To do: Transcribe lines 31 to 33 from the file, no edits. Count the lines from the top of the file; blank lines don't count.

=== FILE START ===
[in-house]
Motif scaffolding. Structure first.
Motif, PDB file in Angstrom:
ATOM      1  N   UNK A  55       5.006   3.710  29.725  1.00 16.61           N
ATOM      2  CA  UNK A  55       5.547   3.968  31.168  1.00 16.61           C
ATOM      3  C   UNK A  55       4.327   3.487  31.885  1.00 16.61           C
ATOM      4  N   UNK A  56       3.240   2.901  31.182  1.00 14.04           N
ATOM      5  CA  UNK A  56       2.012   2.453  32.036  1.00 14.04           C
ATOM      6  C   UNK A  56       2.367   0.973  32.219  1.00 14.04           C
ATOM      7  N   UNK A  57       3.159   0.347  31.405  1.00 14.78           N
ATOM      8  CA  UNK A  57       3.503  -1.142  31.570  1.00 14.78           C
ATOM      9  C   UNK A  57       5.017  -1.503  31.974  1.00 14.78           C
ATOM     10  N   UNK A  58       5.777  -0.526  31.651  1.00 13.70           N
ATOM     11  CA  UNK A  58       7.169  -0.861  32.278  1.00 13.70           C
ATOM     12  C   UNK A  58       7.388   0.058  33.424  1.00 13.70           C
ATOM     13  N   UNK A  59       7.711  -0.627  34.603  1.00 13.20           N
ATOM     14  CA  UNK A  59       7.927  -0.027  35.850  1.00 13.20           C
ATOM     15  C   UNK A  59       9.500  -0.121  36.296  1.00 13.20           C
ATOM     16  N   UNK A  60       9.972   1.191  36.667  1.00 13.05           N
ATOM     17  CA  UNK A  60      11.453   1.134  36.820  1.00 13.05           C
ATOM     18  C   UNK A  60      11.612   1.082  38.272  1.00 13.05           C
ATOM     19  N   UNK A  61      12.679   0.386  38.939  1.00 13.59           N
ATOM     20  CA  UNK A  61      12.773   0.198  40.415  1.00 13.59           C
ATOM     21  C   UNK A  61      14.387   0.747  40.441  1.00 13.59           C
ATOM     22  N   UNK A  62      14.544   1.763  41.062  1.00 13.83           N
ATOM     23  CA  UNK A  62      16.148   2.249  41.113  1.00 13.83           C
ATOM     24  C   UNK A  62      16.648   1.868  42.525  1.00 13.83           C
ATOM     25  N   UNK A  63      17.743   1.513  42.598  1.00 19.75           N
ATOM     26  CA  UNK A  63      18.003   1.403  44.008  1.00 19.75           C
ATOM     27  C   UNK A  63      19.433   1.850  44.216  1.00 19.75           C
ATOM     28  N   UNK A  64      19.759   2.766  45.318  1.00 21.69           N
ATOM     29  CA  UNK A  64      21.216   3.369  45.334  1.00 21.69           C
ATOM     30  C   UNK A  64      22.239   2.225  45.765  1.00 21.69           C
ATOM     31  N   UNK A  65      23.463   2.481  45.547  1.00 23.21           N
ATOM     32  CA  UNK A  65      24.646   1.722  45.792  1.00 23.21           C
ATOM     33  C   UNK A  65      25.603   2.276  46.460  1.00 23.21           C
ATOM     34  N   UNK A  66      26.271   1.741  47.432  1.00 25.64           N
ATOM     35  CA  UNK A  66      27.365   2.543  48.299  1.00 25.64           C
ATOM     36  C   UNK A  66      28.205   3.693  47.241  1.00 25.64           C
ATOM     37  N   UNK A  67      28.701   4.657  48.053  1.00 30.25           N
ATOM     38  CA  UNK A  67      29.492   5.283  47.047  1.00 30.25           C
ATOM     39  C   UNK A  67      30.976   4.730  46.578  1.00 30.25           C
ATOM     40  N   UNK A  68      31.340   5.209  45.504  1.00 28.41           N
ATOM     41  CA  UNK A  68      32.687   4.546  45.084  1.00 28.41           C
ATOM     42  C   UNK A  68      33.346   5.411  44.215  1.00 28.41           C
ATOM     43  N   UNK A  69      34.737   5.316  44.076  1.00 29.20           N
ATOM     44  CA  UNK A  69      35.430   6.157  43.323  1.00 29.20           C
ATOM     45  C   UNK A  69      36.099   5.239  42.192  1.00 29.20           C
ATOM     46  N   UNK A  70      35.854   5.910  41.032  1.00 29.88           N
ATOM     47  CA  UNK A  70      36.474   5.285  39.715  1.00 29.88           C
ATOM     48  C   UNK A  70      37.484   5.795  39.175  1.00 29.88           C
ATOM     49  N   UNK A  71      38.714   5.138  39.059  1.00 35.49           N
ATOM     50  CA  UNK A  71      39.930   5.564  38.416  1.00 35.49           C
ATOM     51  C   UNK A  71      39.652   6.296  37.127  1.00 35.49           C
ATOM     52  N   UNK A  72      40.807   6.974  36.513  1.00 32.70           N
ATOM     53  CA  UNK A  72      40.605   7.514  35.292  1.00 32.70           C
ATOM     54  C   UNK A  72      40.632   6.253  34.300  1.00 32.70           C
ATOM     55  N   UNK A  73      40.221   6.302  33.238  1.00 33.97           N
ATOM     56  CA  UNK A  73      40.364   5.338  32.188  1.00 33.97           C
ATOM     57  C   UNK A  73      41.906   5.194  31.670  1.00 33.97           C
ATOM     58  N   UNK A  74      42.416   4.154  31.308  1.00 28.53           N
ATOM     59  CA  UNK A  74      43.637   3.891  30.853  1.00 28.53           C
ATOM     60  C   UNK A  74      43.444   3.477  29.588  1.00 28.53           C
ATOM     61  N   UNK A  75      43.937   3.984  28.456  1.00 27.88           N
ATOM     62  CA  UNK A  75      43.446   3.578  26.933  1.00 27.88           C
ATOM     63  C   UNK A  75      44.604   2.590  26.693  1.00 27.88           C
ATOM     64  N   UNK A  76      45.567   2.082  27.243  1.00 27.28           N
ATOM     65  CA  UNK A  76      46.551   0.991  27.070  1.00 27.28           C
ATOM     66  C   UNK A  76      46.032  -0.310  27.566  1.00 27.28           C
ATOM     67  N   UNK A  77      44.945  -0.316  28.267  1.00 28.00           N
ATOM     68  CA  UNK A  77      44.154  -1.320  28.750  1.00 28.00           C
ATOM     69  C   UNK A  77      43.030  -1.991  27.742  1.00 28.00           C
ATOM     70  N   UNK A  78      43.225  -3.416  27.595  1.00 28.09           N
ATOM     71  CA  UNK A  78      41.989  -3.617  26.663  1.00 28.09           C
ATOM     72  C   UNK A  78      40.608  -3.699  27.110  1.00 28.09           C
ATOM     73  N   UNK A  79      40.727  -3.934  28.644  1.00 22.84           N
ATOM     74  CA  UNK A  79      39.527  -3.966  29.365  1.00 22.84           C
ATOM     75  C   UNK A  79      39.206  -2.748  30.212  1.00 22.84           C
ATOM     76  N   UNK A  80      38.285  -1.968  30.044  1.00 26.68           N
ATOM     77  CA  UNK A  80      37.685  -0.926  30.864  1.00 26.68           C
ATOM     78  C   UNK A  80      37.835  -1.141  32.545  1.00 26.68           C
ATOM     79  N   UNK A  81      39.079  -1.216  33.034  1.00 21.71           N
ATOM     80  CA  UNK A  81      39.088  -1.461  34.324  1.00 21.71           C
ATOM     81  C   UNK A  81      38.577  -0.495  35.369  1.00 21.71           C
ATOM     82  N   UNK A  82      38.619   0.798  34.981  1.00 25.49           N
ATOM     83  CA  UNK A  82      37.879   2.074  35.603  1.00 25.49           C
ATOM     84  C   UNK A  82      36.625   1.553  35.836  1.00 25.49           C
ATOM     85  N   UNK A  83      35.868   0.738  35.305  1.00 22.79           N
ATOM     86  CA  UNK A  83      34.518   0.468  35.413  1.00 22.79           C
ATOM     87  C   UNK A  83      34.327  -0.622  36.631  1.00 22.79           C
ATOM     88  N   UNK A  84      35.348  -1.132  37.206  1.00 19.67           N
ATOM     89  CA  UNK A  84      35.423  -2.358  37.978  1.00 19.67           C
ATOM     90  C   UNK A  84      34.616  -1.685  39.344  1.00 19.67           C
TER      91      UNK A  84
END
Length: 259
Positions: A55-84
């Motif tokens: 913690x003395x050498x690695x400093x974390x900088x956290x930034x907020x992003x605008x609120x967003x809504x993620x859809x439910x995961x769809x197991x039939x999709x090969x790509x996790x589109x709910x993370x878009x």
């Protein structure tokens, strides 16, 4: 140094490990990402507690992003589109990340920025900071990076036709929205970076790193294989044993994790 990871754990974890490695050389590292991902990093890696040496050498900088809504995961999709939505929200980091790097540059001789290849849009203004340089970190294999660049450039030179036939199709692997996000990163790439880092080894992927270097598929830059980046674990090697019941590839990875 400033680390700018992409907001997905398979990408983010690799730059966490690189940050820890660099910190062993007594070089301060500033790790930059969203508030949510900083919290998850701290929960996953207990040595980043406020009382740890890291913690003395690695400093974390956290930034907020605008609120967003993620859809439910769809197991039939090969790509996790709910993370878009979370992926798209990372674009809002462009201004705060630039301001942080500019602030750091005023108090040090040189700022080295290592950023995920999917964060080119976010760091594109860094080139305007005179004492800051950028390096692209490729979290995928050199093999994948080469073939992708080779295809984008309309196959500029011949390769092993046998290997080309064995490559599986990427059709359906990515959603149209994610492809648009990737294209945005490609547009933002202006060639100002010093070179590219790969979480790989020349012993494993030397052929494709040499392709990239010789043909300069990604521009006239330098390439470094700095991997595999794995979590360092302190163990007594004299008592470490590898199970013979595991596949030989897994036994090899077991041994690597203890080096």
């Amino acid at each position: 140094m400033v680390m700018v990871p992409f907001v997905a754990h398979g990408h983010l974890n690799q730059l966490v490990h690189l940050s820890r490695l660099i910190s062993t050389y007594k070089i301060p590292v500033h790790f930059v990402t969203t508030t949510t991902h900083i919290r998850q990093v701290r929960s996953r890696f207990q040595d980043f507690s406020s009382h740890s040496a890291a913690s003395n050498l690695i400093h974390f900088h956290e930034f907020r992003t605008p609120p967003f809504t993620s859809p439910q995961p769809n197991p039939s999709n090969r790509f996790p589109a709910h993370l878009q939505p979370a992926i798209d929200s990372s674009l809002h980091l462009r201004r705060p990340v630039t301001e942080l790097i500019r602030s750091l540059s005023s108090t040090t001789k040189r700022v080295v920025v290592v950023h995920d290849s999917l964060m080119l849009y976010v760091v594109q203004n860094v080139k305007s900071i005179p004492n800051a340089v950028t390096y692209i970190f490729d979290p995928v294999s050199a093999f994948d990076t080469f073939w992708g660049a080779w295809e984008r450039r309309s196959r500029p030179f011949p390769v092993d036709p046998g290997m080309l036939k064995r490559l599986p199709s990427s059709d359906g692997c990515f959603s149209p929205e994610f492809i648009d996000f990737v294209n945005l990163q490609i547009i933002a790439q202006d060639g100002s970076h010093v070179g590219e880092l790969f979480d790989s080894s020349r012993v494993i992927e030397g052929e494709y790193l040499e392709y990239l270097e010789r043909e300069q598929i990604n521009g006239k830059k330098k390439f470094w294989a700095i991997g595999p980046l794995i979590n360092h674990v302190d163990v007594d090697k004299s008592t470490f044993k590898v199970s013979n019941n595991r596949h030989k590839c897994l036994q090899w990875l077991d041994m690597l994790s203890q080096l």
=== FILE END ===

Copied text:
ATOM     28  N   UNK A  64      19.759   2.766  45.318  1.00 21.69           N
ATOM     29  CA  UNK A  64      21.216   3.369  45.334  1.00 21.69           C
ATOM     30  C   UNK A  64      22.239   2.225  45.765  1.00 21.69           C